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Monday, November 18, 2013

We Aren’t Normal

ABNORMAL OCCURRENCES is being billed as Thomas Berger’s first short-story collection in over thirty years, but that takes into account the small-press run of “Granted Wishes,” which presented three stories from a then-recent issue of Harper’s. All three are included in the new book, along with three new ones in the “Granted Wishes” series. “There are  still a few pieces of short fiction that have gone uncollected,” Berger notes, “but they didn't grab me when I reread them, and I decided to write the new stuff.”

What’s more significant is that this is Berger’s first publication since the 2004 novel Adventures of the Artificial Woman. What’s most significant is that it showcases Berger’s unique voice in a format he rarely practices.

He’s best known as a novelist, although that notoriety is the product of the popularity of the film version of his Little Big Man, the most successful of the quartet of movies his books have inspired. But the fans of his novels, judging by earlier reviews and online comments, are a dedicated bunch, with Jonathan Lethem among the more vocal of his supporters.

This is because the prose in his 23 novels displays a level of craftsmanship that is as masterful as it’s rare, celebrating the power of deft and unexpected combinations of words to tell multi-layered stories with compelling effect. What’s more impressive is that, recognizable as Berger’s style becomes, it’s unique from book to book, each of which is crafted with a particular voice. Thus the dark intricacies of Neighbors has a more contemporary sound than the antique midwest celebrated in Sneaky People; the dystopian future of Regiment of Women has a sense of temporal distance mirrored by the language Berger crafted for long-ago Britain in Arthur Rex.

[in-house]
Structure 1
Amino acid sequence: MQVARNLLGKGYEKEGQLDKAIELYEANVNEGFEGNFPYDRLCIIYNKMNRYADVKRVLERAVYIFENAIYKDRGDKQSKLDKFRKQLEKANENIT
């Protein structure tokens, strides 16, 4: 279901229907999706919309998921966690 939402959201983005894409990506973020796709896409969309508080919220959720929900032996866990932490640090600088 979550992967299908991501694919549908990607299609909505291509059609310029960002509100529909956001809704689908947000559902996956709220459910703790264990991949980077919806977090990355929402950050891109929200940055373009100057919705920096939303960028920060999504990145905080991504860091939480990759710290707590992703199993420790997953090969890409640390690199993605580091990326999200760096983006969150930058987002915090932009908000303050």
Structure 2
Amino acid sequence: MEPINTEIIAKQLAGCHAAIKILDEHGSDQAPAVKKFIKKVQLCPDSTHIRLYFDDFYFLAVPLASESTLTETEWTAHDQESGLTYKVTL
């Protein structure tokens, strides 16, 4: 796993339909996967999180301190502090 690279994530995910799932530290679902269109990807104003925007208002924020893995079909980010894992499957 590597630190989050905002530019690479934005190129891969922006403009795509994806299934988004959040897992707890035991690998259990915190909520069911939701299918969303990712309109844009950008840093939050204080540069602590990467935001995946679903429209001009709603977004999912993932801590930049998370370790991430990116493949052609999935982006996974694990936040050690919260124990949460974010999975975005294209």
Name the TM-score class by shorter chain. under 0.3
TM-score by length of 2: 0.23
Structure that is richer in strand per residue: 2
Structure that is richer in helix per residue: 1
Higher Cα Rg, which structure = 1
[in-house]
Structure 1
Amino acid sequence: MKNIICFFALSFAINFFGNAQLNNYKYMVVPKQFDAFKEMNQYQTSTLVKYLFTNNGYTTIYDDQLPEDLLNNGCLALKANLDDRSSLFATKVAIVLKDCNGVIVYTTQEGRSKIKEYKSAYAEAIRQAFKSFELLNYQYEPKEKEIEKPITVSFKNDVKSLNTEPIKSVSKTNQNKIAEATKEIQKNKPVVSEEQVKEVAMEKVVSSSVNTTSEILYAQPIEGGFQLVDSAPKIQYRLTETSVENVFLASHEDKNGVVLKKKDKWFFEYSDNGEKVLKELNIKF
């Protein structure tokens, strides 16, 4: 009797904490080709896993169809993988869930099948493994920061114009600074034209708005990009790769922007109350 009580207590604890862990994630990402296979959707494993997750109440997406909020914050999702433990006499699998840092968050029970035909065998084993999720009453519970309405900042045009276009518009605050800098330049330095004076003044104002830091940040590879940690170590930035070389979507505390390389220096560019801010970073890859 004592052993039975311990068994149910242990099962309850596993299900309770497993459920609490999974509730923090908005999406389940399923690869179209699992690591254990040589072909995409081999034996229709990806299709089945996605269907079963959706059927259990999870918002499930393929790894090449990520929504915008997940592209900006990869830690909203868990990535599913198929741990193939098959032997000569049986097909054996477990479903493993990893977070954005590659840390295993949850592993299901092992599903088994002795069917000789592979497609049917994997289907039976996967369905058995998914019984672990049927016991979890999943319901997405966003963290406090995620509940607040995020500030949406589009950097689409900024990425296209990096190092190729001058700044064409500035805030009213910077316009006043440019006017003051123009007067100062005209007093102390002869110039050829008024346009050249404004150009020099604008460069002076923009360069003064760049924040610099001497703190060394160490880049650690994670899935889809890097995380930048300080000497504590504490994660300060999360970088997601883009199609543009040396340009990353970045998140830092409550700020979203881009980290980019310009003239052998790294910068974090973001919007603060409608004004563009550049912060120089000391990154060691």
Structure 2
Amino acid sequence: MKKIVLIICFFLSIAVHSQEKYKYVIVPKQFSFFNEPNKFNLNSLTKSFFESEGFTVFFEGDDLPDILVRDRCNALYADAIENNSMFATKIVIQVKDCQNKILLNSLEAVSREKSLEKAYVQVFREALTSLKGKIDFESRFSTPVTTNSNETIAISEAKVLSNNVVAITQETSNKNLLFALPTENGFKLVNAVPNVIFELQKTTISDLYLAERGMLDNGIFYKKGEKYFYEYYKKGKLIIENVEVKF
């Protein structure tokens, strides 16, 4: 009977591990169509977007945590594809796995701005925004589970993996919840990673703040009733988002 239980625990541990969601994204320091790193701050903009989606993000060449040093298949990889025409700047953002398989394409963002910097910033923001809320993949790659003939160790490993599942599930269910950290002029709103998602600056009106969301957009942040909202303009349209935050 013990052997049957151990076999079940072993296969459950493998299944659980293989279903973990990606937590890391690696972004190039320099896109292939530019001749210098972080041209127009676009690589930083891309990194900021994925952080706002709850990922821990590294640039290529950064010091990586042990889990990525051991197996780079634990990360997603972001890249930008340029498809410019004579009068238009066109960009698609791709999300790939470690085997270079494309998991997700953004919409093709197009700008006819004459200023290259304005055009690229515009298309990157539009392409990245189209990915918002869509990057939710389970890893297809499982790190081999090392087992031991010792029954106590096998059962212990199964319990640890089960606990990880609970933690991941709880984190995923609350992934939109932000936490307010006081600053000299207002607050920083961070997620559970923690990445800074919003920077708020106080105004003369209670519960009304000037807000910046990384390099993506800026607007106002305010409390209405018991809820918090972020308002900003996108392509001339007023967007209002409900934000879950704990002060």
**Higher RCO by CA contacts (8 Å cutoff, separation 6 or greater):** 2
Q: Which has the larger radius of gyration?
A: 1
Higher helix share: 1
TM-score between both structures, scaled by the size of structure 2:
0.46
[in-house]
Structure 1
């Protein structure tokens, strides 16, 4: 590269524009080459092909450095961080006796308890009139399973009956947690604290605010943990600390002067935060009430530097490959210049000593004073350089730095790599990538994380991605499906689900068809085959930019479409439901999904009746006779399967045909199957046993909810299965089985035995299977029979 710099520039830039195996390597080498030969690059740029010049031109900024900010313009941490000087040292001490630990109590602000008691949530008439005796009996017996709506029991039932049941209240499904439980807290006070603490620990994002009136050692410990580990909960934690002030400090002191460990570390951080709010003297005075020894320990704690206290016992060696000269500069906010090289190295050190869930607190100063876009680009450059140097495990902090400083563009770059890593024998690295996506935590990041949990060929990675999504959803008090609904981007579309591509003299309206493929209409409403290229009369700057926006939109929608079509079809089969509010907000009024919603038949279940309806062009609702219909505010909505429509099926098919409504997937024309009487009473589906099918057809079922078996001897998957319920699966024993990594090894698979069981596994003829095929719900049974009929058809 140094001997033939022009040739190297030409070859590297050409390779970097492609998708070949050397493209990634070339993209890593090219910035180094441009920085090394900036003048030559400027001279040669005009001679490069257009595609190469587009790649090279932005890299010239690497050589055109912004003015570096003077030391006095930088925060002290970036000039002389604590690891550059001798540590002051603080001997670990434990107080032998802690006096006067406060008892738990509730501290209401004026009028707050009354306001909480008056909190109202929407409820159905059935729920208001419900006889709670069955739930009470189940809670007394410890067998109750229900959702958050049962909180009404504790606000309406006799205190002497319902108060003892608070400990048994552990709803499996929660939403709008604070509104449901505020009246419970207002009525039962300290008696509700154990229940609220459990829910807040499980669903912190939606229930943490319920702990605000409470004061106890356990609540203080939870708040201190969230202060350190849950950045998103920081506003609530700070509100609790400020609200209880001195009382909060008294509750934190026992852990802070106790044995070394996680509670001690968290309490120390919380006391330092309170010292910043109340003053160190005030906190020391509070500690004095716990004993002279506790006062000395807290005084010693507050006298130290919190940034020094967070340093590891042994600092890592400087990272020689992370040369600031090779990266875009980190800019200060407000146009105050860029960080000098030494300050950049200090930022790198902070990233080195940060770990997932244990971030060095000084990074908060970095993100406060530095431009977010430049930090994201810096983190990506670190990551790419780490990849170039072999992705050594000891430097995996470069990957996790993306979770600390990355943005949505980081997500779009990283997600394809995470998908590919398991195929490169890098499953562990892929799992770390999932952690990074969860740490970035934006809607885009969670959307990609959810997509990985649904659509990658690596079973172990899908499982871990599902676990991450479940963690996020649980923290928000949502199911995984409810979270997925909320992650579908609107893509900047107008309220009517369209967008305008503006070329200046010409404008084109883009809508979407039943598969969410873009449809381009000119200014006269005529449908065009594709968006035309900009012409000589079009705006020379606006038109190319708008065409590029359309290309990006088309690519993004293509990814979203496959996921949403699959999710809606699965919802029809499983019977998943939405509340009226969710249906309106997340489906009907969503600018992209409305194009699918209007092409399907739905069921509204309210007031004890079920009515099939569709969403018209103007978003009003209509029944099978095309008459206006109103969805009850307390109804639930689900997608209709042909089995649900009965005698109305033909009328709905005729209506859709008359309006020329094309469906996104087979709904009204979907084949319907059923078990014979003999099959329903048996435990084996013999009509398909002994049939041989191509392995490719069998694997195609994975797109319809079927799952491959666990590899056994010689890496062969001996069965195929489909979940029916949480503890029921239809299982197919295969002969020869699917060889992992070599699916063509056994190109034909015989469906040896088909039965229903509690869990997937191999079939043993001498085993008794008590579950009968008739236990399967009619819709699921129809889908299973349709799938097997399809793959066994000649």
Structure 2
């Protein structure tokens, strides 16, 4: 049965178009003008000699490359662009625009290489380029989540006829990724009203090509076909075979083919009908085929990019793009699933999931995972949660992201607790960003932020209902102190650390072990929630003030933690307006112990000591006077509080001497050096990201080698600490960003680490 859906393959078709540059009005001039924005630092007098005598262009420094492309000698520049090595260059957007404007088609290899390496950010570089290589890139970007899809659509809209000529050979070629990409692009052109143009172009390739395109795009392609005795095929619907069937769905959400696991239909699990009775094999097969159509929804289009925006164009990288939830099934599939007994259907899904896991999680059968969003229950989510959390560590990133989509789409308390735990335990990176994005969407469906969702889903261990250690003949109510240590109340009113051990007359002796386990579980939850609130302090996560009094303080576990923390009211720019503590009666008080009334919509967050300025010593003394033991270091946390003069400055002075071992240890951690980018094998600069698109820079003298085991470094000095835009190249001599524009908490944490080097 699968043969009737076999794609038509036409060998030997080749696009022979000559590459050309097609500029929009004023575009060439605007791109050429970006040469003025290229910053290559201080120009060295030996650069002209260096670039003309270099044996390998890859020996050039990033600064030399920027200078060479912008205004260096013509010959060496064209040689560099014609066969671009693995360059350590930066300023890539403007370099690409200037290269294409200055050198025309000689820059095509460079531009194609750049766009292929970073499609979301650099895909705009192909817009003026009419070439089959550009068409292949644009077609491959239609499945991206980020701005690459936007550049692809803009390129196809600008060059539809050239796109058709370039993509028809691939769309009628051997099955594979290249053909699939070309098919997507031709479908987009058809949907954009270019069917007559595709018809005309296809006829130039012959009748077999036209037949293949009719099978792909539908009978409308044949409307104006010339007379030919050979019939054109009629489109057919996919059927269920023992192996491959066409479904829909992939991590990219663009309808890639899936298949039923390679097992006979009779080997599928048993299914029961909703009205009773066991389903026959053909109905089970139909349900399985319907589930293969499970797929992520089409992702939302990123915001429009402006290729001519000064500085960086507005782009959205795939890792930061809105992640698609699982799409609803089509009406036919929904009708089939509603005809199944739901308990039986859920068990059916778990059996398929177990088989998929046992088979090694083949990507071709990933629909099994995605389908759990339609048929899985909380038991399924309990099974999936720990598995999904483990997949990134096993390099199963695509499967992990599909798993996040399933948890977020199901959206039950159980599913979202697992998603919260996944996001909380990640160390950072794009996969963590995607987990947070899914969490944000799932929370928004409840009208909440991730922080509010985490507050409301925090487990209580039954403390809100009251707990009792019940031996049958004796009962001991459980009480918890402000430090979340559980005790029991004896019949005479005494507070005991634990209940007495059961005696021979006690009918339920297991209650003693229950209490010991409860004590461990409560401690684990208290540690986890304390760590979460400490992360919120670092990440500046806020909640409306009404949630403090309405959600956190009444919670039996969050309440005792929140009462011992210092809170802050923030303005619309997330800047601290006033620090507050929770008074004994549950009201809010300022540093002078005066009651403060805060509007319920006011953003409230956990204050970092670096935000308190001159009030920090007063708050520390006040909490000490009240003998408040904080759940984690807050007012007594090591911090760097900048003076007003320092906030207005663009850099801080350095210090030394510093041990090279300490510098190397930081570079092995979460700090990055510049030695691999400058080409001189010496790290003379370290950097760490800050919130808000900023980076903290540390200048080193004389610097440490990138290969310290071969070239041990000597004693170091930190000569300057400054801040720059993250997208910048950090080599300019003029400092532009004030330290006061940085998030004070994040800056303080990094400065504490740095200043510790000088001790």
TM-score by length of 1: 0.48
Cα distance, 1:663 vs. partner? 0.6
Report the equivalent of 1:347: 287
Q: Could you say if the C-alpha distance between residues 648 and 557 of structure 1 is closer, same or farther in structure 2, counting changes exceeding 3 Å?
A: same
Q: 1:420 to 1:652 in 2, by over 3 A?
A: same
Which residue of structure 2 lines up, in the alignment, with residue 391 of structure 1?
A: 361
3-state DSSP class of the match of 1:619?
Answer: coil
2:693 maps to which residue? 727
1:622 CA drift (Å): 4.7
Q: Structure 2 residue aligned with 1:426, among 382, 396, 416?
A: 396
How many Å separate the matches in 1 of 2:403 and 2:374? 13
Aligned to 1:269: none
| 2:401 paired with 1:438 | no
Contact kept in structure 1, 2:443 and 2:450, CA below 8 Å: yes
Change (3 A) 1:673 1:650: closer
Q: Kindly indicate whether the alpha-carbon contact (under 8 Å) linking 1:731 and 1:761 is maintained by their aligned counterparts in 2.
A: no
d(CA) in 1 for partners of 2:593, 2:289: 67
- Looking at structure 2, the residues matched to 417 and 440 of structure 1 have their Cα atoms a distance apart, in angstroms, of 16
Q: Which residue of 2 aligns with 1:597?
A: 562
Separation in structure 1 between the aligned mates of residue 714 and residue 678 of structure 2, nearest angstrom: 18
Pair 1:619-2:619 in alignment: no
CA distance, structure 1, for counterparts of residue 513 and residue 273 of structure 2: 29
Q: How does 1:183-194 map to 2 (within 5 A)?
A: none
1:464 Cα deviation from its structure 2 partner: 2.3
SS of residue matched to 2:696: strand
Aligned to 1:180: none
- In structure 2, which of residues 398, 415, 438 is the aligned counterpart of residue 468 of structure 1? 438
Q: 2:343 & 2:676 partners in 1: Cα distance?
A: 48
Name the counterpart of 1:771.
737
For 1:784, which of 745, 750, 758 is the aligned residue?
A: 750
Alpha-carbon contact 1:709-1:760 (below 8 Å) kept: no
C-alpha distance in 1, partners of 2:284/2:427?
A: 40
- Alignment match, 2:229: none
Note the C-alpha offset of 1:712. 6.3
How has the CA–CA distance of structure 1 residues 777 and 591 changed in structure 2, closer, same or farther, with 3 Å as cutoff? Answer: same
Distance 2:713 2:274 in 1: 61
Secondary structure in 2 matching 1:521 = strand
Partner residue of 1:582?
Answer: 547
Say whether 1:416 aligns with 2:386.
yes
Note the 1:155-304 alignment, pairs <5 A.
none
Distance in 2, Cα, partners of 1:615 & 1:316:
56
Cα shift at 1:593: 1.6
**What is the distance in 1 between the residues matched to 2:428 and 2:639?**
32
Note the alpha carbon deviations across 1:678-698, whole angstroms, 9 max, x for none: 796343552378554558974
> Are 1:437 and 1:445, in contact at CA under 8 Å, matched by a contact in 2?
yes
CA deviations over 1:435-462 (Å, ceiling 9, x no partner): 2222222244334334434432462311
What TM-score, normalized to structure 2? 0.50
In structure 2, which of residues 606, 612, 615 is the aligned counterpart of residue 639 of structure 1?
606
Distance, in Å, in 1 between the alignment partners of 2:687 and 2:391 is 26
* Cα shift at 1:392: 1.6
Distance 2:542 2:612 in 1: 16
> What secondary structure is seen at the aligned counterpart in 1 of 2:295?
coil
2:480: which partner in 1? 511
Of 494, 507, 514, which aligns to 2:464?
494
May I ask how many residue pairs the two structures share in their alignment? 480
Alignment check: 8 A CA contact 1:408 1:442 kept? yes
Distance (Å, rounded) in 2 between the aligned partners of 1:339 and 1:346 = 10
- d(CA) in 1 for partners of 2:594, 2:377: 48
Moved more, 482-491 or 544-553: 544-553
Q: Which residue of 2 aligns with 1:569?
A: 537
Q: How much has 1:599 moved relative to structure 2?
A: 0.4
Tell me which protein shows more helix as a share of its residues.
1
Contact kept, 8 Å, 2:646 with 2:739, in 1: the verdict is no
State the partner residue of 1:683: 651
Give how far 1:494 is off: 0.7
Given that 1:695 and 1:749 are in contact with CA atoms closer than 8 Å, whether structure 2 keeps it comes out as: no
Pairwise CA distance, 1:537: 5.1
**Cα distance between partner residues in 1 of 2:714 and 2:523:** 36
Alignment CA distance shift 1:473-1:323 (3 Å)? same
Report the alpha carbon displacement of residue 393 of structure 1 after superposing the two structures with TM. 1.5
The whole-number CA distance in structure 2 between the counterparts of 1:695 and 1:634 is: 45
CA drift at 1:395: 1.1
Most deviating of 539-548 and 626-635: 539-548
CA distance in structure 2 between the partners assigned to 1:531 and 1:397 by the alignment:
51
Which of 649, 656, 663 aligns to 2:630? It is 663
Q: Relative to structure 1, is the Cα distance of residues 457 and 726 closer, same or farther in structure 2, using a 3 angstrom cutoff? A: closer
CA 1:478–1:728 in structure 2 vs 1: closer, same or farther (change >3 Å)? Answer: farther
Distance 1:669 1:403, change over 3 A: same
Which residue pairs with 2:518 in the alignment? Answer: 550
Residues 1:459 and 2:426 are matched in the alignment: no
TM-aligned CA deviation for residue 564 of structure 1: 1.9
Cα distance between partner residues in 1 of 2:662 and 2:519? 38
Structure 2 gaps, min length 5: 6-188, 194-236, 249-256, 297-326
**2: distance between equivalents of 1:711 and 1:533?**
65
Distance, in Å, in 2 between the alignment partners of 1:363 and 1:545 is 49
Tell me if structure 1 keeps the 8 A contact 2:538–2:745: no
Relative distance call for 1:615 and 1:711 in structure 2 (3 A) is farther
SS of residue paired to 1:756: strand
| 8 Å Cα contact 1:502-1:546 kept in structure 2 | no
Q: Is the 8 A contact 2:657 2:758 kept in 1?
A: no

Abnormal Occurrences is Berger’s first e-book-only volume, published as his novels ease into e-print, available online from the major purveyors. The dozen stories span a wide expanse of his writing career and include works that originally appeared in American Review, GQ, and Playboy, but these are versions that restore material cut from their magazine appearances, with some light retouching to adapt them to the present decade. 

When “The Apotheosis of Dr. Poon” first appeared, a half-century ago, it predicted the era of reality TV, a phenomenon now acknowledged in its text, which has been further refined to give some dialogue moments better authenticity.

It’s the penultimate story in this collection, and I suspect that’s no accident. It’s the tale of a television show that takes us into what could seem like a movie version of the Mysterious East were the narrative not so finely crafted that it keeps us from questioning the setting:
Waves of midday heat shimmered above the field like flights of translucent insects. All about us lay menacing silence; even the flies had gone. My clothes, soaked through, clasped me insidiously.
His face like a wet orange, Bud said to me: “I don’t like it.”
We’re taken out of our culture to witness a bizarre example of what, finally, can only be termed “heroism.” The concluding story, from the Granted Wishes series, is titled “Embittered Super” and suggests one consequence of finding the power to eliminate one’s enemies, with a wonderful kicker of a closing line.